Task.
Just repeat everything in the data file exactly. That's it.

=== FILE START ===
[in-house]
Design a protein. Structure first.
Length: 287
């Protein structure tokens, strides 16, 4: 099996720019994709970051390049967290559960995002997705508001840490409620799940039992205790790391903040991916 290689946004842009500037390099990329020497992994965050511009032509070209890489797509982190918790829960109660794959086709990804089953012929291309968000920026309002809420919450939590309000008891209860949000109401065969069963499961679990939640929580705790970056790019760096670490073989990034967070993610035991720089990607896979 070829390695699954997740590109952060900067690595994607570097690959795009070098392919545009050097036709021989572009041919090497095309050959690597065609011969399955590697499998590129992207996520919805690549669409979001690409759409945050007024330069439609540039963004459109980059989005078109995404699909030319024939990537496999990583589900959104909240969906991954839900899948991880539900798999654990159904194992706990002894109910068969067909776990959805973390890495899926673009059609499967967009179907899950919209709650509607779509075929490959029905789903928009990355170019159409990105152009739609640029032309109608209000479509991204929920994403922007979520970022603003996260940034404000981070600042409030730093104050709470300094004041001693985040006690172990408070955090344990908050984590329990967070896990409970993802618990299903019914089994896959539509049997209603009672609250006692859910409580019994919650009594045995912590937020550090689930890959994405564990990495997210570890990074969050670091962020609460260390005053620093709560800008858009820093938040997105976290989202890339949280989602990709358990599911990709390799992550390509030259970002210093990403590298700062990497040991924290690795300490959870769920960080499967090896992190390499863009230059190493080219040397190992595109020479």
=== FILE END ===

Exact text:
[in-house]
Design a protein. Structure first.
Length: 287
């Protein structure tokens, strides 16, 4: 099996720019994709970051390049967290559960995002997705508001840490409620799940039992205790790391903040991916 290689946004842009500037390099990329020497992994965050511009032509070209890489797509982190918790829960109660794959086709990804089953012929291309968000920026309002809420919450939590309000008891209860949000109401065969069963499961679990939640929580705790970056790019760096670490073989990034967070993610035991720089990607896979 070829390695699954997740590109952060900067690595994607570097690959795009070098392919545009050097036709021989572009041919090497095309050959690597065609011969399955590697499998590129992207996520919805690549669409979001690409759409945050007024330069439609540039963004459109980059989005078109995404699909030319024939990537496999990583589900959104909240969906991954839900899948991880539900798999654990159904194992706990002894109910068969067909776990959805973390890495899926673009059609499967967009179907899950919209709650509607779509075929490959029905789903928009990355170019159409990105152009739609640029032309109608209000479509991204929920994403922007979520970022603003996260940034404000981070600042409030730093104050709470300094004041001693985040006690172990408070955090344990908050984590329990967070896990409970993802618990299903019914089994896959539509049997209603009672609250006692859910409580019994919650009594045995912590937020550090689930890959994405564990990495997210570890990074969050670091962020609460260390005053620093709560800008858009820093938040997105976290989202890339949280989602990709358990599911990709390799992550390509030259970002210093990403590298700062990497040991924290690795300490959870769920960080499967090896992190390499863009230059190493080219040397190992595109020479």